In my first job, at the end of every day my manager would say to to each of us “thank you for today”. I think at the time I questioned why she made that effort, but I knew from this small gesture I always felt valued. When I managed my own teams, I made sure that I ended each day the same way, “thank you for today”. It’s a simple way to acknowledge that people showed up for you and the business. But often appreciation and gratitude is overlooked, even at this festive time of year.
It's common to sometimes ask yourself "what am I doing all this for?”. You might be feeling pressured to meet tight deadlines and be asked to take on extra work commitments with no thanks. Work environments like this can make you feel undervalued and easily lead to resentment. Then rather than pushing yourself to do your best work, you put in a half hearted effort which can have a knock on effect on your professional development.
Here are a few ways to tackle feeling undervalued, and to find motivation and strength in other avenues.
Celebrate your wins
You should always be your biggest cheerleader, but it is easier said than done. Often we aren’t encouraged to blow our trumpets for fear of appearing boastful or not humble. But if you did good, you did good right? No, you don’t deserve a gold medal every time you just about make into work (it’s called a wage), but anytime you successfully complete a project, meet a KPI or a target it’s worth noting it in a way that recognises your own achievement. Do whatever you need to say to say to yourself 'well done'. Treat yourself to your favourite food, a good movie, a great night out - at least give yourself a little fist pump! More tangibly, either weekly or monthly write down your ‘wins’ for that time period. Not only will you start to value yourself more highly, you also have concrete evidence of your achievements to show your boss in your next performance review.
Look around you
Is it just you with an increased workload or are resources across your team stretched at the moment? Has something changed at work, like a new manager? In both these scenarios, it could be that this is a temporary situation that will be resolved when a project is finished or the new boss settles in so it’s not always advisable to raise objections right away. During busy periods, being a good team member includes giving people some latitude and remembering that validation for our efforts don’t always have to come from others (remember, be your biggest cheerleader!). In fact, if you have designs on moving up in any organisation, the realistic truth is that the higher up you go the more that is expected of you with little to no recognition. But if you have been feeling undervalued for a while and there is no change on the horizon, now could be a good time to ask for feedback and support.
Being a good team member includes giving people some latitude and remembering that validation for our efforts don’t always have to come from others.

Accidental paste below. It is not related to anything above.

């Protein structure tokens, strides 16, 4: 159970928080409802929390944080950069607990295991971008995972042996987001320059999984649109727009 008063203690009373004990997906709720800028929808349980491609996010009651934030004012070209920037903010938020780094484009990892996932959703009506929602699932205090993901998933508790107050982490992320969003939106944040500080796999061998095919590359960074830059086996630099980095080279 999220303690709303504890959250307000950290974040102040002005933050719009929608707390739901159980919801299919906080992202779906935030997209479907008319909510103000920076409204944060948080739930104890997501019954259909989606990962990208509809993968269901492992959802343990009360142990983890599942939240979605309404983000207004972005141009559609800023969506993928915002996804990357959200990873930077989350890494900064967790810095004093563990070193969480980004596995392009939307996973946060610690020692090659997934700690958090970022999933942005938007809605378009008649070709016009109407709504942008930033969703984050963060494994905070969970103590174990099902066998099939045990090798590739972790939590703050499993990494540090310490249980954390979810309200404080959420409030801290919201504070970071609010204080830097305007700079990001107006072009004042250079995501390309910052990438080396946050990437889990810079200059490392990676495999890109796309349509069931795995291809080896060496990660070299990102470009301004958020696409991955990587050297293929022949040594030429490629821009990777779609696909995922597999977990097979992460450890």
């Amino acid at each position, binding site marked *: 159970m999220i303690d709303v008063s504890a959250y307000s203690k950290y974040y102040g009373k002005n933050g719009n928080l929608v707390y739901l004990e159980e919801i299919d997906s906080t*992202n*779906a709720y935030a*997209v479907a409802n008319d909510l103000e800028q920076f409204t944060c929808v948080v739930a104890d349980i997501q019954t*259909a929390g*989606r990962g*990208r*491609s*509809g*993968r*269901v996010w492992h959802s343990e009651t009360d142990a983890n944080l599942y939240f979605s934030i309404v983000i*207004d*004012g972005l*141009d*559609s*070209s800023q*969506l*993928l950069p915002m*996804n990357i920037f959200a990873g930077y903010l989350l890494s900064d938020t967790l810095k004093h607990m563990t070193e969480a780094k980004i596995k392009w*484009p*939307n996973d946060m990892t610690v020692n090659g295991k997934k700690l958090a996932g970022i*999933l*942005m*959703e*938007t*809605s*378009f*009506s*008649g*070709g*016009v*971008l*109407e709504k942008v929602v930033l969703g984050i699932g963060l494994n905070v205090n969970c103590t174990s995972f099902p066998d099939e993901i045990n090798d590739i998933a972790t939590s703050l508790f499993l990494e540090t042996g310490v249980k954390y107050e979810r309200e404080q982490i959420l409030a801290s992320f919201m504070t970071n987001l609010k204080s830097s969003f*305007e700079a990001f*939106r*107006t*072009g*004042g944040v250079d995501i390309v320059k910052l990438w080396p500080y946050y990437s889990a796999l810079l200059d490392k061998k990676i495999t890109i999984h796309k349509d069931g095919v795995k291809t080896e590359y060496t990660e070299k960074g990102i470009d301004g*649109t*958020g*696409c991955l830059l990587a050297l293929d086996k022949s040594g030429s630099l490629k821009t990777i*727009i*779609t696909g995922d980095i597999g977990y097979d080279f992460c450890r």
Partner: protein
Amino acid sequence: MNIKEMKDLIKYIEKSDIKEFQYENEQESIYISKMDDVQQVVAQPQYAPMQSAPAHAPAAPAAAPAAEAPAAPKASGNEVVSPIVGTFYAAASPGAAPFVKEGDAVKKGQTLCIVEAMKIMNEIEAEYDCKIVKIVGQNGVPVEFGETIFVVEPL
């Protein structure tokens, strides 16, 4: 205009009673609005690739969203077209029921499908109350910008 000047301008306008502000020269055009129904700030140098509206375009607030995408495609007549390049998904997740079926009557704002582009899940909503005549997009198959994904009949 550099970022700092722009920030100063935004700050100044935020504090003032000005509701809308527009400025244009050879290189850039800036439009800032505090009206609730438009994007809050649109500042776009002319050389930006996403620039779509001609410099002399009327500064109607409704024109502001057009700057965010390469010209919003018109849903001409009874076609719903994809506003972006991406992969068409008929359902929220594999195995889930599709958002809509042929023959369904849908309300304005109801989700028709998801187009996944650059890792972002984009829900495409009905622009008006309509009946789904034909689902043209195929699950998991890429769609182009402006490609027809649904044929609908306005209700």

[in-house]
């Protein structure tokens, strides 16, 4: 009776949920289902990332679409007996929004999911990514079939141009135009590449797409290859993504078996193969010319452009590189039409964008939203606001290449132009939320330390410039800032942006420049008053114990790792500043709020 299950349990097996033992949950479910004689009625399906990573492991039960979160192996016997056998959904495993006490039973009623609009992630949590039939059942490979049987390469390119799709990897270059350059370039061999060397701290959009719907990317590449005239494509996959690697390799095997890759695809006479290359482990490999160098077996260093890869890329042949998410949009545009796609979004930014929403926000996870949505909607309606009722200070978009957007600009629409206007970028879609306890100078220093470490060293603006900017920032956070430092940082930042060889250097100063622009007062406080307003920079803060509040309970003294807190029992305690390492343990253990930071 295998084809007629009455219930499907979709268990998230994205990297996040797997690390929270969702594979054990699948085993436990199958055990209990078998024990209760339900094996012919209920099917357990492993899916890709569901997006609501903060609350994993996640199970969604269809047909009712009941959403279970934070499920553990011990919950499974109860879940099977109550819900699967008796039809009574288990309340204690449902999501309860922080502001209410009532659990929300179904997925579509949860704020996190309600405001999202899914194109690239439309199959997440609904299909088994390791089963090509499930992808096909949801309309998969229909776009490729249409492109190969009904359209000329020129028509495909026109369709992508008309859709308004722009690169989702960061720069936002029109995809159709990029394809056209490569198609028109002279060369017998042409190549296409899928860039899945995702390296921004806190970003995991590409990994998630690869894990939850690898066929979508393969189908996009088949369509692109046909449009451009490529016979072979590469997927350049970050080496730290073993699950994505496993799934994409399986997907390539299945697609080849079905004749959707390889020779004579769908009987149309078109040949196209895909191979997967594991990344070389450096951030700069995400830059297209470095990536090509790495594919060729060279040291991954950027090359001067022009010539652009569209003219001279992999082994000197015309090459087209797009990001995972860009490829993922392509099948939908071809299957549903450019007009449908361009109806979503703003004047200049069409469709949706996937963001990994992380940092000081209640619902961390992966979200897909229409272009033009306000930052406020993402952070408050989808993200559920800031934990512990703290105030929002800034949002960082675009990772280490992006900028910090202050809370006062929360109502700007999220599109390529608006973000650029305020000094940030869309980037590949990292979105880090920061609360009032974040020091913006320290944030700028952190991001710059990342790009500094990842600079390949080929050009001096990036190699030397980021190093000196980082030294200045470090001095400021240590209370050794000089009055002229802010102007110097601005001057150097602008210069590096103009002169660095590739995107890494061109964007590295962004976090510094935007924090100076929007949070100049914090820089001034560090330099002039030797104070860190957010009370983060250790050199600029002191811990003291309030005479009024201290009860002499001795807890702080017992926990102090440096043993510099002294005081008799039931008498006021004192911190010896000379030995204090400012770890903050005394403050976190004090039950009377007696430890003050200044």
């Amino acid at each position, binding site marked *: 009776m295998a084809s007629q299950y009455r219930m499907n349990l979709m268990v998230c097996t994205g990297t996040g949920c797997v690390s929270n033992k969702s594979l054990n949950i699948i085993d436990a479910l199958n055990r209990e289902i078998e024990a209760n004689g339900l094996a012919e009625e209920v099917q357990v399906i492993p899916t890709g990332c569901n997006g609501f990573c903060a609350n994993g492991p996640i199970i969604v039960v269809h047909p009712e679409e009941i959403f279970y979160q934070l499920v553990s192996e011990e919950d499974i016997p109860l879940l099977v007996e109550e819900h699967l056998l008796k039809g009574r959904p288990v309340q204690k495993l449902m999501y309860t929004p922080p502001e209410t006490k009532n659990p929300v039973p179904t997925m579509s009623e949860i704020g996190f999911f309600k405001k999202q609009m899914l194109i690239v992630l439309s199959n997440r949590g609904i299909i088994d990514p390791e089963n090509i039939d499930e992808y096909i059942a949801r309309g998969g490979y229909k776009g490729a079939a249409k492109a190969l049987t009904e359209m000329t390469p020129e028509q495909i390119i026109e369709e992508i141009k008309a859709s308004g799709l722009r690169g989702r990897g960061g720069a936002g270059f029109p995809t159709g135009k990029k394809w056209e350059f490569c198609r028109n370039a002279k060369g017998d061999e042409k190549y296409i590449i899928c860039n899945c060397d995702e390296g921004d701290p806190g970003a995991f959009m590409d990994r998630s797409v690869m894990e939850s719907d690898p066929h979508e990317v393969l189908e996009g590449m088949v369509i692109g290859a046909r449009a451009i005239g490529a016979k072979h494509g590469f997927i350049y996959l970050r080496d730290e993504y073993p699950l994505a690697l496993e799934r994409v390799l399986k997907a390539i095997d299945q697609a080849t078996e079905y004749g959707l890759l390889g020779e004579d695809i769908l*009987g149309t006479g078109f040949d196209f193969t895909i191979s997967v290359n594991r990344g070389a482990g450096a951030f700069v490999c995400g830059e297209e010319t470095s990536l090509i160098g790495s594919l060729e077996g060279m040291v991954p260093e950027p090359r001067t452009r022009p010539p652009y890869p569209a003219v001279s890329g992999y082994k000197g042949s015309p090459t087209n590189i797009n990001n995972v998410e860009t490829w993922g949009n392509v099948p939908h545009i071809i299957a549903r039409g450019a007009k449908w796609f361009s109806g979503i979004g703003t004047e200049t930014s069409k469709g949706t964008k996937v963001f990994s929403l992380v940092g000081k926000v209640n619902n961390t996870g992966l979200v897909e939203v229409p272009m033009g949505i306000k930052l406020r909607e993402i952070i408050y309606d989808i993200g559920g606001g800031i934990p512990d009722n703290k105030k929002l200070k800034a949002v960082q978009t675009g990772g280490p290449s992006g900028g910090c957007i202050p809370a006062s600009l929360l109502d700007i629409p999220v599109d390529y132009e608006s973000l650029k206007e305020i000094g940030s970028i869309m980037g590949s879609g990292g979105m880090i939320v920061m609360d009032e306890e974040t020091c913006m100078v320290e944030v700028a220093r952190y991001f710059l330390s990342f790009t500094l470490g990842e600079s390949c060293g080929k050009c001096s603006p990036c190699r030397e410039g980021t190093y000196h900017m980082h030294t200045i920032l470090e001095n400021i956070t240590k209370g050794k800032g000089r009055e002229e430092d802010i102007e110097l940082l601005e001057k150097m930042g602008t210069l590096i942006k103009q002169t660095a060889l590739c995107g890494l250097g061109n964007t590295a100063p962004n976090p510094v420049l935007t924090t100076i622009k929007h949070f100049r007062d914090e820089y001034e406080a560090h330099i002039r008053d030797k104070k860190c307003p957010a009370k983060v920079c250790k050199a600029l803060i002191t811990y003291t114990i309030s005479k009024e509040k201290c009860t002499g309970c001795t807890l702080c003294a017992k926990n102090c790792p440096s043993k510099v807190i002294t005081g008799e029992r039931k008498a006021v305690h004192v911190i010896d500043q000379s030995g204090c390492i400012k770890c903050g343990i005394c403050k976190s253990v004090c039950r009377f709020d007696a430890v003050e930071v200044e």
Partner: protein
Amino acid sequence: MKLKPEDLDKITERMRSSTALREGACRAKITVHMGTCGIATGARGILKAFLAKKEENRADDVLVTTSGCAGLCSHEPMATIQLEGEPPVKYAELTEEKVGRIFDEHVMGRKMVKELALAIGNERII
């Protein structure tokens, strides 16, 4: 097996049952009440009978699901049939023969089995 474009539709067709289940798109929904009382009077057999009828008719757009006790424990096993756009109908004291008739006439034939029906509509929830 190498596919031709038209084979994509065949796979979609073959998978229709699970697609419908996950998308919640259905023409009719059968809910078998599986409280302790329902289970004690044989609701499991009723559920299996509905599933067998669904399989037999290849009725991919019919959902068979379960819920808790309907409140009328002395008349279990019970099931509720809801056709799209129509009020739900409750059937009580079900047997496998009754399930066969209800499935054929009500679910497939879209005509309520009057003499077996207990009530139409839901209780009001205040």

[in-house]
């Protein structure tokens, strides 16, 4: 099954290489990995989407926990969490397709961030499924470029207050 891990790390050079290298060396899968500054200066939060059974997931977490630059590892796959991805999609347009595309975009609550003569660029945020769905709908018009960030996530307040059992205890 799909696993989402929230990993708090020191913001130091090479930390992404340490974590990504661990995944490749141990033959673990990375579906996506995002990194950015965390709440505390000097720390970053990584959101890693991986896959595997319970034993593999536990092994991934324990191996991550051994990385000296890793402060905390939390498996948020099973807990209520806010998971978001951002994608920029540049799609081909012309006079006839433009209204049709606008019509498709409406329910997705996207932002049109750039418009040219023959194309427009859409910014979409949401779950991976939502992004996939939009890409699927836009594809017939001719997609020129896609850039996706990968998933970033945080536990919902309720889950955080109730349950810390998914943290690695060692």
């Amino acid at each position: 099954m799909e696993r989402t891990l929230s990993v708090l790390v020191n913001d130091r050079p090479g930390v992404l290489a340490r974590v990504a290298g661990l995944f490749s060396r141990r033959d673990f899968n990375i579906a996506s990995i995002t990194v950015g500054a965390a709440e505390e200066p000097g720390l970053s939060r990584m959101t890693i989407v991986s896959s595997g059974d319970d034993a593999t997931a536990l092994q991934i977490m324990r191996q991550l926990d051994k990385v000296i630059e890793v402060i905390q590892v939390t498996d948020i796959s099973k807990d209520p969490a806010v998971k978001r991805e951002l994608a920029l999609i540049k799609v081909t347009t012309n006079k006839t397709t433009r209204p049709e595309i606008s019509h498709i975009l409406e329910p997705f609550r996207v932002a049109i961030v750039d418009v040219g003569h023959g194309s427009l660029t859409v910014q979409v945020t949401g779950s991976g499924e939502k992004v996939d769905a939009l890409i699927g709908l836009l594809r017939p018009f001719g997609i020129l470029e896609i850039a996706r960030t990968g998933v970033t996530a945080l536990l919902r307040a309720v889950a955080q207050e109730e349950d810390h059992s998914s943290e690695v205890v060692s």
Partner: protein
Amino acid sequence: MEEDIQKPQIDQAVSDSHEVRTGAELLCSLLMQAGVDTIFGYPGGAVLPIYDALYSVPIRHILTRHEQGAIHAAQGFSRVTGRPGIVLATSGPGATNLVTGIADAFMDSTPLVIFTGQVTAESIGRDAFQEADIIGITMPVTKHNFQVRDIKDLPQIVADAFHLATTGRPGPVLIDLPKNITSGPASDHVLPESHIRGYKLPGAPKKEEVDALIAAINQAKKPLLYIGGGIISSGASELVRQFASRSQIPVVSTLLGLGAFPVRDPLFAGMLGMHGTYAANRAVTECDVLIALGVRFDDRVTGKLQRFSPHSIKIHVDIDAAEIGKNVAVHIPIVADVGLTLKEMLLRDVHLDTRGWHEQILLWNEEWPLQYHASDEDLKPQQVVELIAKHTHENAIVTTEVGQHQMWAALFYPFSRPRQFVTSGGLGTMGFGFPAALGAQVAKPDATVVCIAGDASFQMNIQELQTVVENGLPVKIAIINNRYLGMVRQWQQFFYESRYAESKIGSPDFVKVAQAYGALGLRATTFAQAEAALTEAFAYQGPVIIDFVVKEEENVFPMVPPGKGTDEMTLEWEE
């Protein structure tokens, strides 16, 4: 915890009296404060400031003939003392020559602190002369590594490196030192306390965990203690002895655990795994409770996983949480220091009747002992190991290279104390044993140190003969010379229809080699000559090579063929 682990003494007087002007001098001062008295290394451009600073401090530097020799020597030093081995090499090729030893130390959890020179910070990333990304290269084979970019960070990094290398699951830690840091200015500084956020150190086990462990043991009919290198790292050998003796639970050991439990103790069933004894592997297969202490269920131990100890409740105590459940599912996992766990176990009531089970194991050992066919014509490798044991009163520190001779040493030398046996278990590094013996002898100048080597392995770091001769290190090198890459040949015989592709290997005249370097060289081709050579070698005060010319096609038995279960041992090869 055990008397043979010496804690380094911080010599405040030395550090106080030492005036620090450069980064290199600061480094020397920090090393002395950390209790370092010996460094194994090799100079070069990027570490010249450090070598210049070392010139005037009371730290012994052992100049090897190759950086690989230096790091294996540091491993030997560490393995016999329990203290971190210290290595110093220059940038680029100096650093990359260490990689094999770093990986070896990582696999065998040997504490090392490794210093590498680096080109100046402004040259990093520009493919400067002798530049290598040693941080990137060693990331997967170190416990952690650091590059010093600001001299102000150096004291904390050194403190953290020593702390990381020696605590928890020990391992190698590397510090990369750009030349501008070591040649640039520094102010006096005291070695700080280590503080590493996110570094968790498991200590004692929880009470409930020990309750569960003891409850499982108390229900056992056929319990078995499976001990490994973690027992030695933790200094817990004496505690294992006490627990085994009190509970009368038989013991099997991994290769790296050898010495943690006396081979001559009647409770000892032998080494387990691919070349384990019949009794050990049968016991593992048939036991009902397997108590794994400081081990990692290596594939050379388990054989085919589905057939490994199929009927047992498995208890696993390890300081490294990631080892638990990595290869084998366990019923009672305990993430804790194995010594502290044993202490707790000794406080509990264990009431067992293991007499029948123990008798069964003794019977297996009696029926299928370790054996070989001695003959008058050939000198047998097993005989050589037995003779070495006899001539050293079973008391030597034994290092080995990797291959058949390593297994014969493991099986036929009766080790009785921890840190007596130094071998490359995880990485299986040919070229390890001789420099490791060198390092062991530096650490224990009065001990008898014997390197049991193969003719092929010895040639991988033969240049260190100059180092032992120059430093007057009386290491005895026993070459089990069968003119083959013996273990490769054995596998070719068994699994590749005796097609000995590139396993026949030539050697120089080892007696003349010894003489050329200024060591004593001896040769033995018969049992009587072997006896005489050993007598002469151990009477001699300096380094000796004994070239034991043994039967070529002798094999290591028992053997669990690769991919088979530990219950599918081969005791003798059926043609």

Ask and listen
Feeling undervalued is just that - a feeling. It is a perception that you are not appreciated by others, which can lead to more feelings of injustice and anger. These are rarely productive emotions to be holding onto in the workplace. Replace feelings with facts and ask for feedback from your line manager or someone else you report to. Go into such a conversation with evidence of when and where you think you have really excelled and get their take on your achievements.
You know the saying “no news is good news”? That can apply at work too. Not receiving praise may not mean your doing a bad job, but it may mean you have a manager who could improve their performance development and communication skills. Help them manage you better by using this conversation as an opportunity to let them know how you like to receive feedback.
If you don’t feel confident in speaking to your boss just yet, get input from your colleagues on their thoughts on your performance. In this instance, use your colleagues as a sounding board, but not a forum for complaints. We all moan about work together from time to time, but complaining with colleagues too frequently only serves to reinforce negative and stagnate attitudes rather than motivating you to take action. Together, take the chance to work on peer-to-peer mentoring. Support each other with productive conversations and raise awareness of each other’s achievements to others in the company. Give credit where credit is due, and you might be surprised how this can trickle through your organisation and create a positive habit that could be adopted by the rest of your company.
Find value outside of work
No, it’s not nice when your work goes unnoticed and yes, a little praise goes a long way. If speaking up or peer-to-peer mentoring doesn’t get the results you are looking for and your work environment doesn’t change you have a couple of options: accept it, or accept it and move on. Of course, it is not always realistic to pack up and leave. Financially, you might be tied to working where you are or personally you might not know what you what to do next. However if you are not fully invested in work, try looking for value outside of your career. A sport or hobby can provide a lot of fulfilment, and volunteering with a charity may be a great way of spending time and energy on a mission that is both positive and impactful. You might even find focusing on these activities away from work provide you with the space to get clearer on what you want when you are there.
What do you think?